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What We Can Do Now

Besides writing articles and columns for AWCI, I also write and edit articles posted on, a website about all things cold-formed steel. I feel it’s good to talk about CFS framing because the entire wall and ceiling industry benefits.


Being united as an industry was the subject of conversation I had recently with an AWCI member contractor who also runs a prefabrication business. He feels the time has come for our industry to take center stage. It’s time to show everybody just what we can do.    

Get Them into My Factory

It turns out that BuildSteel has a lot of readers who want basic information about CFS framing. Many are clicking on what we call “CFS 101” articles. That doesn’t surprise my source. Basic industry education is needed.


“As somebody in a prefab business, my main goal is to advance prefab,” he says. “But I’m also trying to get prefab work from other contractors, and they ask me a lot of very basic questions like, ‘What is prefab? What can you guys do?’”


A lot of people don’t understand construction prefabrication, let alone how cold-formed steel relates to it. “And that includes some very astute developers, architects and general contractors,” says my drywall-prefabricator contact.


“When I get them into our factory and show them what we can do with a metal stud, it blows people’s minds,” he says.


He says developers and architects don’t give much thought to metal studs.


“They don’t know about all the different ways you can slice and dice this building material to create lots of things,” my source says.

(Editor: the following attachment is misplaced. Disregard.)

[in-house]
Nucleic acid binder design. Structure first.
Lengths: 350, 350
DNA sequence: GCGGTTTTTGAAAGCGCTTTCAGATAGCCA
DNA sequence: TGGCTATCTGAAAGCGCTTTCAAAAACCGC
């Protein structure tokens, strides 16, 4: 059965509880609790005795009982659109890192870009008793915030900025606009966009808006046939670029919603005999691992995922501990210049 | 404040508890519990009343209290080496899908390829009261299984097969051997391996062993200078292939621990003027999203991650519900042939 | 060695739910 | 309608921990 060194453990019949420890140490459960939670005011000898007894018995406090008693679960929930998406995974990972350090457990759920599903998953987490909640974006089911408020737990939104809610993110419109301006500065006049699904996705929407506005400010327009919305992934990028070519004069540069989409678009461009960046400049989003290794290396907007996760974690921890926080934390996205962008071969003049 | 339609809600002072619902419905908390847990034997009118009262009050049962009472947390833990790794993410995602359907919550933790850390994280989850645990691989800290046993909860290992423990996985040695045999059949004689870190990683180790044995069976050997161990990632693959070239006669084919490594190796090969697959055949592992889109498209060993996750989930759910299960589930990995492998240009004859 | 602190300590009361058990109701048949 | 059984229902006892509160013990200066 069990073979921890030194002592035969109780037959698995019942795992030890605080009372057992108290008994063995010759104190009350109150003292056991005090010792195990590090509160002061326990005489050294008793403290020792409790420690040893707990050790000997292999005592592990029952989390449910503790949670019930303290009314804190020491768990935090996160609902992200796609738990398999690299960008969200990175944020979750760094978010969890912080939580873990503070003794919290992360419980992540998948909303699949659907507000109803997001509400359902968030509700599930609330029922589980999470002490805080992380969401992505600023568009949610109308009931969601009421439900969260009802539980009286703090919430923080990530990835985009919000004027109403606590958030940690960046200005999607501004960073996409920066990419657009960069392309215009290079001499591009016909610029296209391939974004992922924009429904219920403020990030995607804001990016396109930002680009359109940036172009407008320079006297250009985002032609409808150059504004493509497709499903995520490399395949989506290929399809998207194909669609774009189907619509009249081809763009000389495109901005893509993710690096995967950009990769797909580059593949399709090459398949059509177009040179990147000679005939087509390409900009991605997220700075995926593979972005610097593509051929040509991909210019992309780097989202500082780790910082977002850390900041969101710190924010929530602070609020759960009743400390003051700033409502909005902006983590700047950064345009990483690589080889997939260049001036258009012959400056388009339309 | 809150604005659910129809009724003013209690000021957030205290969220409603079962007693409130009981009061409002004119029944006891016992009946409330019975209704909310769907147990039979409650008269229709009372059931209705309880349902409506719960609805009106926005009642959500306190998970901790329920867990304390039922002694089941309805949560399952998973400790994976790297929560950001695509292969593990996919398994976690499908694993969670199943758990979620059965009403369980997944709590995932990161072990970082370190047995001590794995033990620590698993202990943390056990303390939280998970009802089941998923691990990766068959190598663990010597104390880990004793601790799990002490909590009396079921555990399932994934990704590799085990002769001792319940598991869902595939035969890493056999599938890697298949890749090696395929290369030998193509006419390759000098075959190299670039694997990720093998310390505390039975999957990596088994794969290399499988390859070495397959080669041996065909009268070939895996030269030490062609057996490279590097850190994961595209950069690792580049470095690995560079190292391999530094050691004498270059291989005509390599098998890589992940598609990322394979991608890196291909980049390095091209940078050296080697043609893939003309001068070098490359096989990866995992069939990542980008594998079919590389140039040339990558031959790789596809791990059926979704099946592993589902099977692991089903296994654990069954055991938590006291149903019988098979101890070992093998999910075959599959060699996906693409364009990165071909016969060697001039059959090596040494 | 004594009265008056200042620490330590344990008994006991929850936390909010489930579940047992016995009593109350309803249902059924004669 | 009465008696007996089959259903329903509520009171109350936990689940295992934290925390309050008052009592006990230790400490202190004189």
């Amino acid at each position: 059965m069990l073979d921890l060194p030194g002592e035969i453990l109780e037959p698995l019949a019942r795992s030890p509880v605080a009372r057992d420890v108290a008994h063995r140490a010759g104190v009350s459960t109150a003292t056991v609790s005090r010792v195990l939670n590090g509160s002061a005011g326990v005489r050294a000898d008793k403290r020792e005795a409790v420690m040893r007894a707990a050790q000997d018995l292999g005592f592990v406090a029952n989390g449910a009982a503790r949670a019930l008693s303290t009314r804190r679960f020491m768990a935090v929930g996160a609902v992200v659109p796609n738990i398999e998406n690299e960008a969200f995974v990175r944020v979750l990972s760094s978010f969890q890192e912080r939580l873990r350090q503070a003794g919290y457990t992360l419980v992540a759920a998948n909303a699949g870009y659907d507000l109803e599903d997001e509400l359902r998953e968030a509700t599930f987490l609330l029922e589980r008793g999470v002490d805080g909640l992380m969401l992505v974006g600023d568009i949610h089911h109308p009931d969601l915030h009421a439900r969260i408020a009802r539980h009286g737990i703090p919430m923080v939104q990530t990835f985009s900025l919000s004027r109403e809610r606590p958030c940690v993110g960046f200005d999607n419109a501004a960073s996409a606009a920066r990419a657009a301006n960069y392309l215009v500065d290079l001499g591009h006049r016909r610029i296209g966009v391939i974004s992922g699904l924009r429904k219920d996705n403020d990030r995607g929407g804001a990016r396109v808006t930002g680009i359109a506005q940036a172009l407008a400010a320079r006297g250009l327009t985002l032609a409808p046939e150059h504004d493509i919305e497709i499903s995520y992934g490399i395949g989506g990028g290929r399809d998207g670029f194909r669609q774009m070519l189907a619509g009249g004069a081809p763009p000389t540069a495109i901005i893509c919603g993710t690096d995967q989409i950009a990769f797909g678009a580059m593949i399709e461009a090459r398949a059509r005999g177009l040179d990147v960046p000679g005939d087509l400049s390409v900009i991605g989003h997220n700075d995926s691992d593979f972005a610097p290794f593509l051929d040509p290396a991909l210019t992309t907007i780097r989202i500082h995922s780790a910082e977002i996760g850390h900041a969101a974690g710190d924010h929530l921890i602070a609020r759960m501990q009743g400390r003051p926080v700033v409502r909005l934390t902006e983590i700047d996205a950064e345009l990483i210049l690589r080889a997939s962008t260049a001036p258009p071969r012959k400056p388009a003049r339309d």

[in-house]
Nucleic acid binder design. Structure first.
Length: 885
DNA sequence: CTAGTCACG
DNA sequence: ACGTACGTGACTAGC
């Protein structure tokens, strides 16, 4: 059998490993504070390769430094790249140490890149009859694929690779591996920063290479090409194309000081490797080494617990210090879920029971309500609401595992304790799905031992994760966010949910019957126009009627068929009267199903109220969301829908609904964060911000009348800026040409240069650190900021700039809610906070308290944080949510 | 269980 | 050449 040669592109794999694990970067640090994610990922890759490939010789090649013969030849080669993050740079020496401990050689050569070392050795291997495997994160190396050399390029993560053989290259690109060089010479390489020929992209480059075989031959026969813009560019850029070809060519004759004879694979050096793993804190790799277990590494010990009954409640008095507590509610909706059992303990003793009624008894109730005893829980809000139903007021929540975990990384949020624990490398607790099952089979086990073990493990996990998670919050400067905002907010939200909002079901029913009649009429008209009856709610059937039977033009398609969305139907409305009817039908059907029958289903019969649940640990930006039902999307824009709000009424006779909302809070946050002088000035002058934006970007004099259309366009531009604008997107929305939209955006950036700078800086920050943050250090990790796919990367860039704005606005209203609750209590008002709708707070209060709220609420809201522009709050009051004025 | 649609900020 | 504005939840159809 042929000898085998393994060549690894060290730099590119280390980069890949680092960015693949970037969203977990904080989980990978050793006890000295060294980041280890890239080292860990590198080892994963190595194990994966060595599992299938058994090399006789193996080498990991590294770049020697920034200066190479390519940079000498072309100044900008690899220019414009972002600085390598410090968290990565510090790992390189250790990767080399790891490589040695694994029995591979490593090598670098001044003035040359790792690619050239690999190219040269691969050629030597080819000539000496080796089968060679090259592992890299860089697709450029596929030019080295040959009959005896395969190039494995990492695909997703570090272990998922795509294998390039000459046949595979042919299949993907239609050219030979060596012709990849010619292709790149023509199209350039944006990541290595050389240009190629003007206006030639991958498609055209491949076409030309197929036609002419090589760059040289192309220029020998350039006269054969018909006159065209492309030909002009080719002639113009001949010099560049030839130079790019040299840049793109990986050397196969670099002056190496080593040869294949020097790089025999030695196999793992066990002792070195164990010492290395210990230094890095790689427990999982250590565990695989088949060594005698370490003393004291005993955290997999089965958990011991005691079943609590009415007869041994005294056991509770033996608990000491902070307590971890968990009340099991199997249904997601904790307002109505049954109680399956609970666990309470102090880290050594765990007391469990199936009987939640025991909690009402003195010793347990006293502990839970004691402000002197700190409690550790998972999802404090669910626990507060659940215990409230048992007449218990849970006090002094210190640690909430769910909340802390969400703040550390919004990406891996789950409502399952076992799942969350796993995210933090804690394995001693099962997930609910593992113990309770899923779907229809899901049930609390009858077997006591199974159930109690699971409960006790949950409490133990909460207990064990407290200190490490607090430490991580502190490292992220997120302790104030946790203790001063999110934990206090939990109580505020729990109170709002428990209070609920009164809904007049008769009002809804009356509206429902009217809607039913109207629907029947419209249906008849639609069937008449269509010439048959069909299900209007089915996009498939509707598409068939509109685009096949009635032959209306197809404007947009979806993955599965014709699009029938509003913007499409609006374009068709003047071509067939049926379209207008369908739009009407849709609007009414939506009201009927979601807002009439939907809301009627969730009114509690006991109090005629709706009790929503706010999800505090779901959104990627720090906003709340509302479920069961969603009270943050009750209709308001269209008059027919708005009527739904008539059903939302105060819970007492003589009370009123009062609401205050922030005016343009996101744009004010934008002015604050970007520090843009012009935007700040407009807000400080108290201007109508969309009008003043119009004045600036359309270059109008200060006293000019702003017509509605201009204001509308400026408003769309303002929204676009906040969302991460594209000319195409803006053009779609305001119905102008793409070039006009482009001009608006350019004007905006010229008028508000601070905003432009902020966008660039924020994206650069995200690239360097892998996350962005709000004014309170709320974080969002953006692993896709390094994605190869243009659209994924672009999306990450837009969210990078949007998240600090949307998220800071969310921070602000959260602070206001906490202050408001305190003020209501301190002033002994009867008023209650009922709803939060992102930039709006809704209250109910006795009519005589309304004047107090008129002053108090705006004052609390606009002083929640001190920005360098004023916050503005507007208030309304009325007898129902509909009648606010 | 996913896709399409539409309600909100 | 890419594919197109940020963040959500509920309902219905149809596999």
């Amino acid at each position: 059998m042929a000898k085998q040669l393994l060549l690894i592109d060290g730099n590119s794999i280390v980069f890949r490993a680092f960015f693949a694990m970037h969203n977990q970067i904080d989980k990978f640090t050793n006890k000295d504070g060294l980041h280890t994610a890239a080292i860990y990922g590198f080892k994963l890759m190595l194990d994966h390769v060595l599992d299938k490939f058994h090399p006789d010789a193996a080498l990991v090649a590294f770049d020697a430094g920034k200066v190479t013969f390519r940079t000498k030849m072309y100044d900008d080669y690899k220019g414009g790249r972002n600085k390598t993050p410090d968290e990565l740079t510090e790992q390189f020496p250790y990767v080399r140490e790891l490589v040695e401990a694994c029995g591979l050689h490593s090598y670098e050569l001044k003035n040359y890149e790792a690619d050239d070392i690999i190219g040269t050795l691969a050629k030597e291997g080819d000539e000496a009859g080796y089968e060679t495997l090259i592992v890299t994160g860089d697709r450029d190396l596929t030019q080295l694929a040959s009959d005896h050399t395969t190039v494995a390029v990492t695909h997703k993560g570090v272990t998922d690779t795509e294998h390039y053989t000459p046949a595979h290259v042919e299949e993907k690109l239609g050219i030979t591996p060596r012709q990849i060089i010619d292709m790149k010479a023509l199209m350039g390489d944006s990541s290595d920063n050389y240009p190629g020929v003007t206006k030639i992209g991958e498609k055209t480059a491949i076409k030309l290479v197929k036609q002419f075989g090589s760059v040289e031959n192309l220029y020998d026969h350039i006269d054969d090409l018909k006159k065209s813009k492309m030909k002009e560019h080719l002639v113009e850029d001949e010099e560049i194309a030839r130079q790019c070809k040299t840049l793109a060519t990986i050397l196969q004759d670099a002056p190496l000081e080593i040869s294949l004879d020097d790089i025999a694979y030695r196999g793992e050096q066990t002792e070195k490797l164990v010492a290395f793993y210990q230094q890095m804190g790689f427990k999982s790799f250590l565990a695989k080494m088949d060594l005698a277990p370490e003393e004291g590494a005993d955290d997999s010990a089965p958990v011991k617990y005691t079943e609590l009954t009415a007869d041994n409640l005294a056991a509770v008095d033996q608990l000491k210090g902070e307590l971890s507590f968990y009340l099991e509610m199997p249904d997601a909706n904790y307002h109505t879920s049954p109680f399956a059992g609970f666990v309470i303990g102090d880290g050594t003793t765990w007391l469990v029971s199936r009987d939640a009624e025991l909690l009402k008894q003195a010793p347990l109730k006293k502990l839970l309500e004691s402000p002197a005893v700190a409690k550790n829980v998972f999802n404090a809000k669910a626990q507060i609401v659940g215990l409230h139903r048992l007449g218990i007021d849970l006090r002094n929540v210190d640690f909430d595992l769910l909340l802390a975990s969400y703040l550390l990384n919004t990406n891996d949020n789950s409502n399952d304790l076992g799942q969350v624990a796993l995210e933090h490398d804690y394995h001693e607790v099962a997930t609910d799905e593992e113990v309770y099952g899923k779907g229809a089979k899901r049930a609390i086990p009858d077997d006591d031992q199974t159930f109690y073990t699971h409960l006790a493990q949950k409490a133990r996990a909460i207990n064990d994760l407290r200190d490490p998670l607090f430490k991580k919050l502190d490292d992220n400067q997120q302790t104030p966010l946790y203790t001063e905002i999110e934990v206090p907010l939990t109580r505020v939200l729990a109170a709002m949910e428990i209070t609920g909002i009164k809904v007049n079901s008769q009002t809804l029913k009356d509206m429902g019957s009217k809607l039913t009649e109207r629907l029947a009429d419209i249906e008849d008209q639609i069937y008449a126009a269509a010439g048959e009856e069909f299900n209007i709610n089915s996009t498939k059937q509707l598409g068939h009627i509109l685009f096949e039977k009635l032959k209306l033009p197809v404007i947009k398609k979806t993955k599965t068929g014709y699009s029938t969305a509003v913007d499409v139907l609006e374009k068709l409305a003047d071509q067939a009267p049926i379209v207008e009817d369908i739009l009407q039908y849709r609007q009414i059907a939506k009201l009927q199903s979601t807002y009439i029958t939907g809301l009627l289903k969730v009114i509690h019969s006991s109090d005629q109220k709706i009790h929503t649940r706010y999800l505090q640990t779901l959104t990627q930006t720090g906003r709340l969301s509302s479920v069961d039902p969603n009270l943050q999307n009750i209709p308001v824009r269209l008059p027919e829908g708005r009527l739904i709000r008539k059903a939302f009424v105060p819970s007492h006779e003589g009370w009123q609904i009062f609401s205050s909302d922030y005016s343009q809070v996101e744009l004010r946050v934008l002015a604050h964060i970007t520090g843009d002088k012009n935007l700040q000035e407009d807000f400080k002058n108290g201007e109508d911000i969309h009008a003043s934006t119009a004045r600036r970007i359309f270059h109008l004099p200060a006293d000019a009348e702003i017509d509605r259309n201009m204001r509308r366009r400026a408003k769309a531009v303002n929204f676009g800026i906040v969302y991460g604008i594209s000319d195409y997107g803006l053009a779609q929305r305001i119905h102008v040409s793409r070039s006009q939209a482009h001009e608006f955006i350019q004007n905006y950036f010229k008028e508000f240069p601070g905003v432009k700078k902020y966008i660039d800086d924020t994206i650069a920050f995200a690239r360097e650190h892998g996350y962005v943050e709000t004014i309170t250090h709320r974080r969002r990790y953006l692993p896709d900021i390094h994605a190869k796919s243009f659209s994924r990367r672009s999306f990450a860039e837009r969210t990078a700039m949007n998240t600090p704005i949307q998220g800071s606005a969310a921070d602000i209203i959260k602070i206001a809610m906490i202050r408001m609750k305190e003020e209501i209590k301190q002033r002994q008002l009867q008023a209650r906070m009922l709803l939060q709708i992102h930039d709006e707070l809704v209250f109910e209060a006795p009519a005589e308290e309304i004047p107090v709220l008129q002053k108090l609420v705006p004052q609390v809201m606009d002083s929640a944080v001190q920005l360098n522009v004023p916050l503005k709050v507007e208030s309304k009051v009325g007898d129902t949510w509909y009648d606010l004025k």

And now, BIM is allowing contractors and prefabricators to get started with their work earlier in the design process. That being the case, AWCI member firms want to know how to get started with BIM. Many want to do more with BIM than just conflict resolution between wall framing and HVAC systems. Some want to launch modeling services within their firms and offer projects true design-build capabilities.


“I was in this spot two or three years ago,” my source says. “I needed a modeler. I needed somebody who knows how to do BIM.”


I first wrote about BIM in this column 14 years ago—in 2008. Boy, has it taken some time for BIM to take the stage as a tool for the wall and ceiling industry, and not just something we talk about. It’s about time, right? Many large AWCI member contractors are pushing to do design-build projects. They want to tap into the architect and engineering models early in the design phases of projects.


“We need to strive as an industry toward these absolute models, because that’s what ultimately will get us to point where we can speed up our construction,” my source says. “Modeling will make us more competitive—as an industry.”

Automation Is Coming

So yes, we are at a critical time as an industry. A lot of new construction technology is being developed and holds promise for contractors and constriction prefabricators to save time and labor. But ultimately, the industry’s systems and processes must run efficiently, and that requires that AWCI member contractors get a seat at the design and engineering table of a project early on.


“As a prefab manufacturer, we are often chasing our tail and running back and forth between the general contractor, the engineer of record and the cold-formed steel engineer,” my source says. “There are things we could do to streamline that.”


I don’t like to point fingers, but I must quote what my source had to say in follow up.


“A lot of cold-formed steel engineers out there don’t necessarily understand what we can do in a prefab facility,” he says. “Oftentimes, it’s the software the engineering firms use—it’s limited. They were designed for something 20 years ago, and they’re not getting the updated software today that they need.”


But then, looking inward, may source admits that prefabrication shops need a level of automation not yet applied in offsite construction to be truly efficient.


“There’s been some progress in automation, but to my knowledge, there is not yet a fully automated, cold-formed steel facility out there assembling wall panels,” my source says. “It’s going to be awhile before you see that because you need special tools and some investment. I don’t think the [prefabrication] market is big enough to make that investment. But it is coming.”

Mark L. Johnson writes for the wall and ceiling industry. He can be reached via

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